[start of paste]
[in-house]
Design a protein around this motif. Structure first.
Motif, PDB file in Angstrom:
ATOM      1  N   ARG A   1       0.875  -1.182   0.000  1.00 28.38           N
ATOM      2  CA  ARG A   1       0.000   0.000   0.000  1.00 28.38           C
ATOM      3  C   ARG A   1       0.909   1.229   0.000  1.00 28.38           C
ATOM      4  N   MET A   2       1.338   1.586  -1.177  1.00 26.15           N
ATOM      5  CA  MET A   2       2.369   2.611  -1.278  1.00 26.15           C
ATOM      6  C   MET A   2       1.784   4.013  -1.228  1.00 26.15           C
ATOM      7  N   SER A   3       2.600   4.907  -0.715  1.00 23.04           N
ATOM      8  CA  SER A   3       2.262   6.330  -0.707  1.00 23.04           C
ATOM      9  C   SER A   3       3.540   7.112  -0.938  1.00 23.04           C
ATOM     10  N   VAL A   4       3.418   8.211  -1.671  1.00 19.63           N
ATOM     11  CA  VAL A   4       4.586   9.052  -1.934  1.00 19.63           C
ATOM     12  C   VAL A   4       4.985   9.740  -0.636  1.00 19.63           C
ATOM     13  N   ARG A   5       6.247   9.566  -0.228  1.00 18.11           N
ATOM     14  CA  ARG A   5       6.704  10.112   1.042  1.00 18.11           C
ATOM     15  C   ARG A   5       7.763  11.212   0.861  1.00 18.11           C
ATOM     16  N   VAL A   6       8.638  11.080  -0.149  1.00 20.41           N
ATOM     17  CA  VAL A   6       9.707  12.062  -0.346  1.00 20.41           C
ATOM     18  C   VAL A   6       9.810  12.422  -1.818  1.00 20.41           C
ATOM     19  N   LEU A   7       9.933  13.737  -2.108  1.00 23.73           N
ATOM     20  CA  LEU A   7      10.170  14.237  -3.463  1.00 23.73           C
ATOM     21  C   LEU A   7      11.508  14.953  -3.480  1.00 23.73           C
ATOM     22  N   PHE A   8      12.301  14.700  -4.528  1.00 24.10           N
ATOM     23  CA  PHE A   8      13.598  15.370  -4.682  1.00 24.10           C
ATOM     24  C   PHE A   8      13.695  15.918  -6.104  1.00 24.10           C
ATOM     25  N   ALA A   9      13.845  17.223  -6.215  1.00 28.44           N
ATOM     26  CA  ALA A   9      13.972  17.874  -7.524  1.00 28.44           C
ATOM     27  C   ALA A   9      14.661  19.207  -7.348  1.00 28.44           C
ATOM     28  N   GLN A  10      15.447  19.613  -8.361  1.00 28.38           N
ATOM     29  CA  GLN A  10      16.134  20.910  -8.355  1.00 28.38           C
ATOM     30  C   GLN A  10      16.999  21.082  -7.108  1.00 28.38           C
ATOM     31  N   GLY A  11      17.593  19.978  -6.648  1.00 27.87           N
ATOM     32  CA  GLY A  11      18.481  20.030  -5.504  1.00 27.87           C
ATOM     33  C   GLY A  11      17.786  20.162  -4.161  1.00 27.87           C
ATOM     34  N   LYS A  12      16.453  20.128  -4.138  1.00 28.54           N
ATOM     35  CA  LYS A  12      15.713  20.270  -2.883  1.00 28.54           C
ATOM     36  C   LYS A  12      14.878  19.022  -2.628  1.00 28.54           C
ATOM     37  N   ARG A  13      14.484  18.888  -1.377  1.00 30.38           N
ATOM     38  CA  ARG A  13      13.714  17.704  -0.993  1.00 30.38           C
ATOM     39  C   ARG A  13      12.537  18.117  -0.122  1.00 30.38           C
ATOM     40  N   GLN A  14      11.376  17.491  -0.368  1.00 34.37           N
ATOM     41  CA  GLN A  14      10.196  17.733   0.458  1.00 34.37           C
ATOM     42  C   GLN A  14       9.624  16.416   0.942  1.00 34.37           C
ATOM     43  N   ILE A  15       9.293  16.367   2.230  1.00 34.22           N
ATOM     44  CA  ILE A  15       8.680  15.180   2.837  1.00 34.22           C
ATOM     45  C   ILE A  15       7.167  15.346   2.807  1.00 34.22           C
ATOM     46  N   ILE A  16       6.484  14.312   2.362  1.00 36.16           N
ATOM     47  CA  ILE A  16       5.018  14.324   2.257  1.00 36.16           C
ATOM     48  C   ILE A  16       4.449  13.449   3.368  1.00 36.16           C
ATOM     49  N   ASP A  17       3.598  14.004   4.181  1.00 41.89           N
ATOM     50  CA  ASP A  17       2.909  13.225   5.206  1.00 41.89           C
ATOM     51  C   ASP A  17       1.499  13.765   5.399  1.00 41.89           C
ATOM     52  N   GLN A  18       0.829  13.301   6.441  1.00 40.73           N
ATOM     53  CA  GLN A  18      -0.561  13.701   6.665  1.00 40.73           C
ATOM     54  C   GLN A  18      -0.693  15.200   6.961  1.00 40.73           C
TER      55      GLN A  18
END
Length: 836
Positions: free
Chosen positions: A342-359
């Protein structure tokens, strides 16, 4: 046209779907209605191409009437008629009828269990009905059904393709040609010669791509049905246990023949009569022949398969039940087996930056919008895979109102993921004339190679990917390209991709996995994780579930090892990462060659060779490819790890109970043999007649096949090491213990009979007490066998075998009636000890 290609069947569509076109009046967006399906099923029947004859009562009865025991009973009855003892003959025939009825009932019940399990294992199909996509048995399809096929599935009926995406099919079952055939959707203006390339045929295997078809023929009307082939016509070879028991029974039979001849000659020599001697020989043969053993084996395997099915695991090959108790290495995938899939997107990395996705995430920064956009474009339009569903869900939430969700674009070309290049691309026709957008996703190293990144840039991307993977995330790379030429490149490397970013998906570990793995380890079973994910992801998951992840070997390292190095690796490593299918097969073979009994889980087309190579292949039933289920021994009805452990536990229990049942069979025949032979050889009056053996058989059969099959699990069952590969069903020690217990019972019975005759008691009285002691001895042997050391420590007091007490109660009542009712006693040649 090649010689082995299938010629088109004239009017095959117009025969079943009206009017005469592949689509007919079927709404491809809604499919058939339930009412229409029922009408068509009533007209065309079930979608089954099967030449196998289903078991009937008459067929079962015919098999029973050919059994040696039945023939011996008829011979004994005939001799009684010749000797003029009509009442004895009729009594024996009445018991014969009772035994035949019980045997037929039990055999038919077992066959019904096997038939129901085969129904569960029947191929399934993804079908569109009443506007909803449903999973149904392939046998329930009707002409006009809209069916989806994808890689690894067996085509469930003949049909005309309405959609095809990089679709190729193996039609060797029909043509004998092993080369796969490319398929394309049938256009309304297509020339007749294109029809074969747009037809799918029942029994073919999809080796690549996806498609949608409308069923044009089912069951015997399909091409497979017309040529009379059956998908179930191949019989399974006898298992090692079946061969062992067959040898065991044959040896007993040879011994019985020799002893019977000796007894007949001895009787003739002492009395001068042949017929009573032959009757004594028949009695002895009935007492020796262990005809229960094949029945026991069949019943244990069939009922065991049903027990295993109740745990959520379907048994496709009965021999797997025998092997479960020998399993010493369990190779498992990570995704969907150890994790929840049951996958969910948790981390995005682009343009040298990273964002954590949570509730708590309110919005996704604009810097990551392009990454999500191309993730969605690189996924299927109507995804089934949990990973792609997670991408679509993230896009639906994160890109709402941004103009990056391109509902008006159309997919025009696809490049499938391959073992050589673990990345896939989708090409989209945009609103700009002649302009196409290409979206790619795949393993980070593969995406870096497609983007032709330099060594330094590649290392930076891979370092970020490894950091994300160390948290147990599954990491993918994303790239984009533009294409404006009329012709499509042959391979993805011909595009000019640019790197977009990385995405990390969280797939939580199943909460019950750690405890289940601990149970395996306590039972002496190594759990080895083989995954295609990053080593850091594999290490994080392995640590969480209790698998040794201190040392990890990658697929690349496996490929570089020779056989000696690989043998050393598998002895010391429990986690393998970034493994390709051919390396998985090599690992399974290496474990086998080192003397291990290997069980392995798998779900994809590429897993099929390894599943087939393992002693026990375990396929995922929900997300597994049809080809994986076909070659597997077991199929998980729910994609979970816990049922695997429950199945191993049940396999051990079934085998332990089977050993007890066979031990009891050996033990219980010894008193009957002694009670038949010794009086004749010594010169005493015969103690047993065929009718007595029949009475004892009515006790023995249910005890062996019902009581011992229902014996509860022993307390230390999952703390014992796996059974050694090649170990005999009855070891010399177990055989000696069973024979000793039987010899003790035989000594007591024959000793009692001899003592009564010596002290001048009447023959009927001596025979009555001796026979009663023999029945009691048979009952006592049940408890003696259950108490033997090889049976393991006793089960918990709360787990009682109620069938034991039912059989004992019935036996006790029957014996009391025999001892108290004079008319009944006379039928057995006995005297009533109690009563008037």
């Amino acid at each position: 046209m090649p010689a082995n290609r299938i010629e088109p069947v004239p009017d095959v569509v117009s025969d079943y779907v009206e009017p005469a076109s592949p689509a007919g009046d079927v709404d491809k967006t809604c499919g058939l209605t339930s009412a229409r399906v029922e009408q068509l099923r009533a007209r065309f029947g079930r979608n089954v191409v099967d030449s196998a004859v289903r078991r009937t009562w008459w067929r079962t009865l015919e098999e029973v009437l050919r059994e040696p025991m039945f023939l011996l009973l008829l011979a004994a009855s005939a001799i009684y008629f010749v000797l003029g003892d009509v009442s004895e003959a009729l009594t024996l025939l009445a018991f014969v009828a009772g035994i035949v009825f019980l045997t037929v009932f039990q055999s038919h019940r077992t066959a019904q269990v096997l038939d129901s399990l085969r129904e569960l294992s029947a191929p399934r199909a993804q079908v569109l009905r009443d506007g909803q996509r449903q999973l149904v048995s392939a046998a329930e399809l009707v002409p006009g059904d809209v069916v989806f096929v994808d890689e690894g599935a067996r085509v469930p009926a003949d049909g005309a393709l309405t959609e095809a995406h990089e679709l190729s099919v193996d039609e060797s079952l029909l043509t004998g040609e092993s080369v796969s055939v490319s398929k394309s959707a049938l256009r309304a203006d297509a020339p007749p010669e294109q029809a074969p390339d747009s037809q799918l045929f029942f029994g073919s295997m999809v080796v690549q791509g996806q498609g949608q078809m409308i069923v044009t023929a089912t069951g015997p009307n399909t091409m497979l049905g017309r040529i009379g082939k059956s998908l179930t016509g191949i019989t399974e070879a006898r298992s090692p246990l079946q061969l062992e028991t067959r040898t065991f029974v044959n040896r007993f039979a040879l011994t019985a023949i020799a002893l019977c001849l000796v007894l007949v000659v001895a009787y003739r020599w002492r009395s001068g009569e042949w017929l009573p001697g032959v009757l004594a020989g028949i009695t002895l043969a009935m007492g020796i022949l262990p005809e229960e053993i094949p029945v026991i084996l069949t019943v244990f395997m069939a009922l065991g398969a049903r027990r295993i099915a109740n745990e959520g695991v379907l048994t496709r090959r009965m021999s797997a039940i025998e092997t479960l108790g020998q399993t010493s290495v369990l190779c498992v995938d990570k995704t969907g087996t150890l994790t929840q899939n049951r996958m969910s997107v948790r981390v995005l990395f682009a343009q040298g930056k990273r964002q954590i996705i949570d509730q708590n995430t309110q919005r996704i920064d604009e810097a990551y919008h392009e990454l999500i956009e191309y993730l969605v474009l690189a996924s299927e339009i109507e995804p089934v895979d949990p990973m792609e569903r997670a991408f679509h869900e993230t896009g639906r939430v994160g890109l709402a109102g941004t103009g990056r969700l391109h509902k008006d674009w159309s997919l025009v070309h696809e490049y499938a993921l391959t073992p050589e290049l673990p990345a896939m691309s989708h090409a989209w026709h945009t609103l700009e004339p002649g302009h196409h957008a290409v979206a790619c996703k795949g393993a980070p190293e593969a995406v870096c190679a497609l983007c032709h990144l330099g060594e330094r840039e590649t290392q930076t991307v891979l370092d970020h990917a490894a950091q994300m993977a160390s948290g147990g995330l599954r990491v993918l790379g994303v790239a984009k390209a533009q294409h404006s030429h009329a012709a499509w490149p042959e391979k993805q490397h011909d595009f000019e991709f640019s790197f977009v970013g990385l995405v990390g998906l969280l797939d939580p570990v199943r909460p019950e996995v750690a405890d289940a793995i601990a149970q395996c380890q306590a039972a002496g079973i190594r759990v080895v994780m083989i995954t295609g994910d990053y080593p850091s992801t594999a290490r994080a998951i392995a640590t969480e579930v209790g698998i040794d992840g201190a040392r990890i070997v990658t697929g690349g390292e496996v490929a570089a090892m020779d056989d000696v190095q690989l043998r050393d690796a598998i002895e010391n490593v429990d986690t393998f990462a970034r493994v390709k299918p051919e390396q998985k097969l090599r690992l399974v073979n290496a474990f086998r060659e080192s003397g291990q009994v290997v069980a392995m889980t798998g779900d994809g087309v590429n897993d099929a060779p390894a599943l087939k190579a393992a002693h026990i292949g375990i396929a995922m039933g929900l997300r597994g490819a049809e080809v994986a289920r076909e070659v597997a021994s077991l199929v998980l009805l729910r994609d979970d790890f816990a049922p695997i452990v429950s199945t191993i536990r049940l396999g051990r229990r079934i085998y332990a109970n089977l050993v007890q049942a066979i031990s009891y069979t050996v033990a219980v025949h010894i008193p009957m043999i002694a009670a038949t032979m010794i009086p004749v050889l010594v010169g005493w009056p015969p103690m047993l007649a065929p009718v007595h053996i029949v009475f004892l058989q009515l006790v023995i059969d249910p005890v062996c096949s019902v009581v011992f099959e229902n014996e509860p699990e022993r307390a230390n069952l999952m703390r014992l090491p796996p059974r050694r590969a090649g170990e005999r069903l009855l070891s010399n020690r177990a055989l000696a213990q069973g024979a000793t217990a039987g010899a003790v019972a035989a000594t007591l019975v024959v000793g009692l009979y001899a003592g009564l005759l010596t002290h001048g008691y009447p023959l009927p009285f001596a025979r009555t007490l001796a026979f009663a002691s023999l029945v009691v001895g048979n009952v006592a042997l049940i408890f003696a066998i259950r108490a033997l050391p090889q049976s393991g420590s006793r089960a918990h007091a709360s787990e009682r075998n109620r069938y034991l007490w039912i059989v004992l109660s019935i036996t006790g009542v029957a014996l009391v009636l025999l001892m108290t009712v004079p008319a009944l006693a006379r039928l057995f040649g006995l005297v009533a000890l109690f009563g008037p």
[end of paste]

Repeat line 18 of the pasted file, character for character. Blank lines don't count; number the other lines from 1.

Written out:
ATOM     15  C   ARG A   5       7.763  11.212   0.861  1.00 18.11           C